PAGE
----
United States District Court, D. Maryland
PEOPLE FOR THE ETHICAL TREATMENT OF ANIMALS, INC. Plaintiff
TRI-STATE ZOOLOGICAL PARK OF WESTERN MARYLAND, INC., et al. Defendants
MEMORANDUM AND ORDER RE: MOTION TO DISMISS
J. GARBIS, UNITED STATES DISTRICT JUDGE
Court has before it Defendants' Motion to Dismiss
Pursuant to Federal Rules of Civil Procedure 12(b)(1) and
12(b)(6) [ECF No. 15] and the materials submitted relating
thereto. The Court has conferred with counsel and finds that
a motions hearing is not necessary.
The Parties and the Claims
People for the Ethical Treatment of Animals, Inc.
(“PETA” or “Plaintiff”), a 501(c)(3)
organization specializing in animal protection, brings a
citizen lawsuit alleging violations of Section 11(g)(1)(A) of
the Endangered Species Act (“ESA”). Defendants
are Tri-State Zoological Park of Western Maryland, Inc.
(“Tri-State Zoo” or “Zoo”), Animal
Park, Care & Rescue, Inc. (“Animal Park”),
and Robert L. Candy (together,
“Defendants”). The animals on whose behalf the action
is brought are two ring-tailed lemurs, five tigers, and one
I and II of the Complaint assert the unlawful
“take” and “possession” of protected
species, respectively. Among other requests, Plaintiff seeks
declaratory and injunctive relief (1) enjoining Defendants
from owning or possessing endangered or threatened species in
the future and (2) transferring Defendants' ownership of
the animals at issue to reputable wildlife sanctuaries for
appropriate placement. By the instant motion, Defendants seek
dismissal of the Complaint for failure to state a claim.
Statement of Facts
Zoo is a zoological park in Cumberland, Maryland that
exhibits many species of animals. Compl. ¶ 23, ECF No.
1. At issue in this case is the Zoo's treatment of two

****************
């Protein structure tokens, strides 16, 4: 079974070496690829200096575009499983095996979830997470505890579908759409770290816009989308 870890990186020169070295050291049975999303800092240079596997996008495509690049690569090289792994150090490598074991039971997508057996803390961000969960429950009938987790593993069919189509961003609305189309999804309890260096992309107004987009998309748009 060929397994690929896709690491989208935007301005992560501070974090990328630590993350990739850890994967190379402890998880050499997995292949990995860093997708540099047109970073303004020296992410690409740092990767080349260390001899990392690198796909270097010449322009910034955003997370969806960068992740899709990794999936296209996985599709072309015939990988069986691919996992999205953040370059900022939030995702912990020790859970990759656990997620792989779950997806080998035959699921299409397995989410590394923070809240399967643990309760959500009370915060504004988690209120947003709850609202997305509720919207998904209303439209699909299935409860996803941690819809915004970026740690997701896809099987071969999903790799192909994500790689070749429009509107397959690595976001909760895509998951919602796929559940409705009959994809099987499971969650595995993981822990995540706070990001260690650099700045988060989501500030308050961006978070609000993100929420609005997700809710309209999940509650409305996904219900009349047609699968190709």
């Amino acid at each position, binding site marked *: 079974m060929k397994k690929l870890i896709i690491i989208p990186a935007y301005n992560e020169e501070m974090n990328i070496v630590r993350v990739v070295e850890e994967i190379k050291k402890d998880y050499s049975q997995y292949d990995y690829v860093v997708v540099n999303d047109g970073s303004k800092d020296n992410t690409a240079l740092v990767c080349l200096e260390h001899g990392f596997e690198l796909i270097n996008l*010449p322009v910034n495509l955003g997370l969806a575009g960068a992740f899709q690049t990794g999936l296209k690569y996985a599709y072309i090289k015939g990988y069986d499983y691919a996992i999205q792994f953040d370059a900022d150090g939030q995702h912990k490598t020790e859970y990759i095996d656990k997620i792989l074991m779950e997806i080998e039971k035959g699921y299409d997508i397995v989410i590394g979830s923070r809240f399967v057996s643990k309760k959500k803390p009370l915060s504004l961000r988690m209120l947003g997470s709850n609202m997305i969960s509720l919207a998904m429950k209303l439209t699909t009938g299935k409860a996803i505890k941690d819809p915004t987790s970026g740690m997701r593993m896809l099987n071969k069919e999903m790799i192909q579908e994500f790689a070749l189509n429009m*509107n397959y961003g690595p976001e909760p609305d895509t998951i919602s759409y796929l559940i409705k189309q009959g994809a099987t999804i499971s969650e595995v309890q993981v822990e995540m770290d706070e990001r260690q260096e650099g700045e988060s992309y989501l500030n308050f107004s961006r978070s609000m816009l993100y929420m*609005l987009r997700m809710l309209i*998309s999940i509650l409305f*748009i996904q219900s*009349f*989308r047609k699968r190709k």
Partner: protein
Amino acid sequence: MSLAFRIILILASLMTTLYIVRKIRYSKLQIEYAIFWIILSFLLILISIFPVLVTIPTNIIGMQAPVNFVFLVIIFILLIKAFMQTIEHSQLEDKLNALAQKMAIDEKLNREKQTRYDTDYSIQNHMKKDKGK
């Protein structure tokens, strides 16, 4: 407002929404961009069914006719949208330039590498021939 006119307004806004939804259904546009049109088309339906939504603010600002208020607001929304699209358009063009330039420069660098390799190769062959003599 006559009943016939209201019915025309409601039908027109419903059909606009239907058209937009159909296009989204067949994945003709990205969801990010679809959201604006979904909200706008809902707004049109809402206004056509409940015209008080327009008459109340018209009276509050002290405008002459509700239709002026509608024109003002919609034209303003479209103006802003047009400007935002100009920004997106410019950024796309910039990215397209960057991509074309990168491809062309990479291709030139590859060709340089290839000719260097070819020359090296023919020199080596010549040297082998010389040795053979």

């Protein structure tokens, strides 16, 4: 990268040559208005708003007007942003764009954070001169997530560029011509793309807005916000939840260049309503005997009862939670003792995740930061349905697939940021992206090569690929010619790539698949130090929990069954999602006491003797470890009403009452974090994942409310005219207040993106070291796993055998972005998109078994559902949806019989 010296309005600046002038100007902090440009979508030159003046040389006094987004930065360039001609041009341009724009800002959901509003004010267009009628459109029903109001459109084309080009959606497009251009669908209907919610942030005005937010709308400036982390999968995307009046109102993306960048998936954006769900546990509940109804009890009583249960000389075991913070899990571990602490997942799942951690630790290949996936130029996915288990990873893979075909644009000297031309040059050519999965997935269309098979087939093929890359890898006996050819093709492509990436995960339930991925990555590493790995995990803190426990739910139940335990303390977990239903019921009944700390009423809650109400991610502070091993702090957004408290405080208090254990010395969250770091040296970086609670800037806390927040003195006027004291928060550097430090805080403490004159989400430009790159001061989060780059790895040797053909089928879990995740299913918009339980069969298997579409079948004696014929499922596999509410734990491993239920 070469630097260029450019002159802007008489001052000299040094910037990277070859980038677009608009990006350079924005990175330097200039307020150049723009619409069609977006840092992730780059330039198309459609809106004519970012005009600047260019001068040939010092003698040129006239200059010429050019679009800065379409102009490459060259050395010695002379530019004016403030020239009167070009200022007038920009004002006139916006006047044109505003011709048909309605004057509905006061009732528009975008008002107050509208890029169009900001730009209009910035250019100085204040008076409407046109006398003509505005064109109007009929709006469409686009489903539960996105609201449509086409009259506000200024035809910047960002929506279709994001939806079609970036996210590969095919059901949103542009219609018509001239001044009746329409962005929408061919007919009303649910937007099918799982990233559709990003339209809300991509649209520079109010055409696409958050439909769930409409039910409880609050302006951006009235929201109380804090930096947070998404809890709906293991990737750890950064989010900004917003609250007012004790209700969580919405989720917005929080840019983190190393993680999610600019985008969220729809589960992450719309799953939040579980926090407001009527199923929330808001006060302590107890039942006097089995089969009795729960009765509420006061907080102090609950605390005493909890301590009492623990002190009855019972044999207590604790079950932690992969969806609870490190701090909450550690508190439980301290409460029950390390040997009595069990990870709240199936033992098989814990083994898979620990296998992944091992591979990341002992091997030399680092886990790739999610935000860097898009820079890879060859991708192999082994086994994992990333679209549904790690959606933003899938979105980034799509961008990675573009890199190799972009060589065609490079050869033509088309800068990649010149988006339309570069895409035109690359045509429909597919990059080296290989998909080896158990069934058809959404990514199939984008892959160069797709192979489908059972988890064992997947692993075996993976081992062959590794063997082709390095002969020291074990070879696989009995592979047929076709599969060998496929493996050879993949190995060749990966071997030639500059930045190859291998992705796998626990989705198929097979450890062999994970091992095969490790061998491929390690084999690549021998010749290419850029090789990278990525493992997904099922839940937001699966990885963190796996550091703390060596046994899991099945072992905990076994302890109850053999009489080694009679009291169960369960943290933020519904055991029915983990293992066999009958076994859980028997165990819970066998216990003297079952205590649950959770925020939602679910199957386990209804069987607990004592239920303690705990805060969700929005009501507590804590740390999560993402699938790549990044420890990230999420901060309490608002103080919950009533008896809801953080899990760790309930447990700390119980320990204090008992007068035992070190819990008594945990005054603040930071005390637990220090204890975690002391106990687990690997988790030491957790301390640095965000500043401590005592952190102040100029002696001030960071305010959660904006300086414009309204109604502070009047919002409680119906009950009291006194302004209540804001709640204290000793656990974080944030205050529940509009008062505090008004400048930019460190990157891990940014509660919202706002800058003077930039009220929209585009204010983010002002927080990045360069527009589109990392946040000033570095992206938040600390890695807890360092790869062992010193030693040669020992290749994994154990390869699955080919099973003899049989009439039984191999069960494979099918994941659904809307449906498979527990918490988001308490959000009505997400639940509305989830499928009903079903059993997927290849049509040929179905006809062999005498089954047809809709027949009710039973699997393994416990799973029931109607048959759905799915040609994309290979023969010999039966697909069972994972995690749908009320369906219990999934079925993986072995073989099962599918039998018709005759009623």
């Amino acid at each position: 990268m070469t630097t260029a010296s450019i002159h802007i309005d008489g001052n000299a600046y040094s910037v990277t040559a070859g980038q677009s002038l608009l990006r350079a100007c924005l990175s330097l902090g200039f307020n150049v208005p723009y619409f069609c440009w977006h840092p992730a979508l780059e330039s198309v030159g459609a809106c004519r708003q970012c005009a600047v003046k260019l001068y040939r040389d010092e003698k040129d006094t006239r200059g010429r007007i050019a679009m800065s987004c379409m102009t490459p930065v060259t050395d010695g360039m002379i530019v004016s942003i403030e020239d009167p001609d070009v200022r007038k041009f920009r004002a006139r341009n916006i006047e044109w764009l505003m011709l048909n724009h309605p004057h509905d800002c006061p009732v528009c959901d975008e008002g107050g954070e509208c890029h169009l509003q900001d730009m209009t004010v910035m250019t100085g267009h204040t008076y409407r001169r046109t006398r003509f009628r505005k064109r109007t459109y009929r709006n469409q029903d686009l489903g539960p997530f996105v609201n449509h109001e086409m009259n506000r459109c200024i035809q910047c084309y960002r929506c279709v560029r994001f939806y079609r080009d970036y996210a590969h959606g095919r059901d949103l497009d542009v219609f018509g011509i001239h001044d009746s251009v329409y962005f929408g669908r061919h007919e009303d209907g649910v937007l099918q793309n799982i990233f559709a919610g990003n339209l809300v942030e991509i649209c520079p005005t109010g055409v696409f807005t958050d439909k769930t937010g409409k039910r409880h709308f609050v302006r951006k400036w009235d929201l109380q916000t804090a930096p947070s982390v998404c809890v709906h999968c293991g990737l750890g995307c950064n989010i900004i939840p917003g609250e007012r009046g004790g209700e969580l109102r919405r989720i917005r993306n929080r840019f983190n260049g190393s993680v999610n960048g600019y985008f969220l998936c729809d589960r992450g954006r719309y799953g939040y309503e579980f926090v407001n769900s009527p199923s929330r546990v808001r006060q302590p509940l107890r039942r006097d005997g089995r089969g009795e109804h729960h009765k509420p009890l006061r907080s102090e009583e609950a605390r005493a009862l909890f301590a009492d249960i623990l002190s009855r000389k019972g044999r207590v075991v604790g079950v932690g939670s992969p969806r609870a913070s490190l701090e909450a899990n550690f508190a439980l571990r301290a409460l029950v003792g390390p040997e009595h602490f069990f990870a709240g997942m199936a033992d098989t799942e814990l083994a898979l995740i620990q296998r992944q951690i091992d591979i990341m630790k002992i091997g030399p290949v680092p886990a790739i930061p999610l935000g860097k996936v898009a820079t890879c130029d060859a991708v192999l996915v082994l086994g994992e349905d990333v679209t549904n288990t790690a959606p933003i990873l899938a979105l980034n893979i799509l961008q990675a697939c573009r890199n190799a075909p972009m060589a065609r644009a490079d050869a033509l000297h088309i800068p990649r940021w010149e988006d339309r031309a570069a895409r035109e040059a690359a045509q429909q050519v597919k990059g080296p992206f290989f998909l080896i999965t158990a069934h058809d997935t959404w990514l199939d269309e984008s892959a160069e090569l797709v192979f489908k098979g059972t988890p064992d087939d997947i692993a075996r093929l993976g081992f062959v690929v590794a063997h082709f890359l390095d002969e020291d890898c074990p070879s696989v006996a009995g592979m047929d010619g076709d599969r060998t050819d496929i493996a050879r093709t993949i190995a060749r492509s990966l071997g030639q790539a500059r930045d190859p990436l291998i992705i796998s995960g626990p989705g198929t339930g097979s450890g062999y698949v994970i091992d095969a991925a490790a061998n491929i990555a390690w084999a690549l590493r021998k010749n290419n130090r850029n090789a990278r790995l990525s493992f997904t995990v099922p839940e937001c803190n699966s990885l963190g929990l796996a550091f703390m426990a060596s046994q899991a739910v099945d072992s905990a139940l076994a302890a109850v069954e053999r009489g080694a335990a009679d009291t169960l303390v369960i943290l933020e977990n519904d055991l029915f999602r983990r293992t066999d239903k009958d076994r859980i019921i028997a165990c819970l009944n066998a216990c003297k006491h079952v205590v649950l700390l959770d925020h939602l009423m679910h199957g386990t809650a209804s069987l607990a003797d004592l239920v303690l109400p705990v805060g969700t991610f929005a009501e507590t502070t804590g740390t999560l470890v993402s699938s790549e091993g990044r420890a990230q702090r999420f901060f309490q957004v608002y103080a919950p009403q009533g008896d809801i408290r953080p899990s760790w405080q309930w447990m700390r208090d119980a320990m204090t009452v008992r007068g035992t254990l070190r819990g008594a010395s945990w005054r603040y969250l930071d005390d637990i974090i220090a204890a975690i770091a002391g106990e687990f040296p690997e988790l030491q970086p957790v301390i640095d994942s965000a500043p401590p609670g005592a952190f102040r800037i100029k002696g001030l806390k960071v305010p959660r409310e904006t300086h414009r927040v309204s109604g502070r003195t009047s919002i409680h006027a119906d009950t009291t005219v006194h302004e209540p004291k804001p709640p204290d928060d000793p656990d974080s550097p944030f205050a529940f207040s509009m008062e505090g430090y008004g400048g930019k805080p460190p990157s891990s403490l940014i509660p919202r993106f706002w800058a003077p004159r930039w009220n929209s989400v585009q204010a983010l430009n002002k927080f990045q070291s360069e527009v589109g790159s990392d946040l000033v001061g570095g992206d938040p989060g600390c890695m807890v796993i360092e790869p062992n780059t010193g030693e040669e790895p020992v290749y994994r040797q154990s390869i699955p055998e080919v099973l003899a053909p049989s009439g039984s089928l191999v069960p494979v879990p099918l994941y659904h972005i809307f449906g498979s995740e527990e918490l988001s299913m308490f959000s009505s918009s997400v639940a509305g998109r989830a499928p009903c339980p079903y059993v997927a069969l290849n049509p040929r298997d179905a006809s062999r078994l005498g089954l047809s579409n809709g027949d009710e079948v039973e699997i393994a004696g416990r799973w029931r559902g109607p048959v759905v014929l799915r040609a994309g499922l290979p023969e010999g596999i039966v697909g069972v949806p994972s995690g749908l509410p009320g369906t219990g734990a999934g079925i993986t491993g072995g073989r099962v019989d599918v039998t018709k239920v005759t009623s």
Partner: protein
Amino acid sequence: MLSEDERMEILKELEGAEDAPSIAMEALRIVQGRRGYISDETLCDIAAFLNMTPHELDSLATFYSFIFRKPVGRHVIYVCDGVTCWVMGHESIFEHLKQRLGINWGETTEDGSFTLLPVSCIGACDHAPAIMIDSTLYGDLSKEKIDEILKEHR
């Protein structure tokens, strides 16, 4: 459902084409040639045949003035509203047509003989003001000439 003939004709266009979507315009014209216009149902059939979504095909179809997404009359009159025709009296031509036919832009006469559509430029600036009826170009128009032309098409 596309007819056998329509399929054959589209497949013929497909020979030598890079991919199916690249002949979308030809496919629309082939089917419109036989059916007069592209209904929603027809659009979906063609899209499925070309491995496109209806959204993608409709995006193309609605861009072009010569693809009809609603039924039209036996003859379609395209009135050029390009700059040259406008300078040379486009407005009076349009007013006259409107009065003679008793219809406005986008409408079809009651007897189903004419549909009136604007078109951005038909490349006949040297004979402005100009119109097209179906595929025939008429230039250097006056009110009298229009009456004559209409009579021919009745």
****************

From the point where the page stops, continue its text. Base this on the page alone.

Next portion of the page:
ring-tailed lemurs, five tigers, and one African lion.
Id. ¶¶ 3, 24. According to the Plaintiff,
the Zoo has previously been subject to some administrative
actions for failing to meet the requirements of care of
animals under the Animal Welfare Act. Id. ¶ 26.
Plaintiff alleges that the Zoo lacks the resources and
ability to adequately accommodate its animals and must rely
on inadequately trained volunteers to care for these animals.
Id. ¶ 27, 28.
lemurs are highly social animals that require the
opportunity to socialize with other lemurs to maintain their
physical and psychological health. Id. ¶ 30-31.
Plaintiff alleges that although the two ring-tailed lemurs
are housed in the same enclosure, "a single companion is
not an adequate social group for these highly social
animals." Id. ¶ 35. Additionally,
ring-tailed lemurs require "extensive, varied, and
well-planned environmental enrichment, " which
Defendants allegedly do not provide. Id. ¶ 37,
40. Moreover, these lemurs must be housed in sanitary spaces
with temperatures between 64.4 and 78.8 degrees Fahrenheit,
and Defendants allegedly do not provide them with adequate
heating in winter or sanitary spaces in which to live.
Id. ¶¶ 43, 46, 47.
"require large, environmentally rich, natural spaces
that allow them to express a wide range of behaviors."
Id. ¶ 51. Defendants allegedly deny these
tigers appropriate housing and adequate enrichment by
“confining them to a pit . . . with adjacent dens,
” providing them only “a small tub of water and
bowling balls” or a “tire” for enrichment,
failing to clean and evaluate the enclosures, failing to
provide access to clean pools, and failing to provide them
appropriate shelter from the elements. Id.
¶¶ 53-58. Additionally, tigers require specific
social conditions that Defendants have failed to provide
(i.e., by inappropriately housing sibling female
tigers in the same enclosure as a related sexually mature
male tiger), which may lead to physical or psychological
injury. Id. ¶¶ 62, 64. Moreover, tigers
require adequate nutrition and water, and Defendants have
allegedly failed to provide “adequately implemented
nutrition protocols.” Id. ¶ 72.
Defendants also allegedly fail to keep the enclosures clean
from animal and food waste. Id. ¶ 72. Finally,
Plaintiff alleges that Defendants harm and harass the tigers
by granting members of the public “access to the
‘off-exhibit' areas of the enclosures and
facilitating direct contact with adult tigers, ”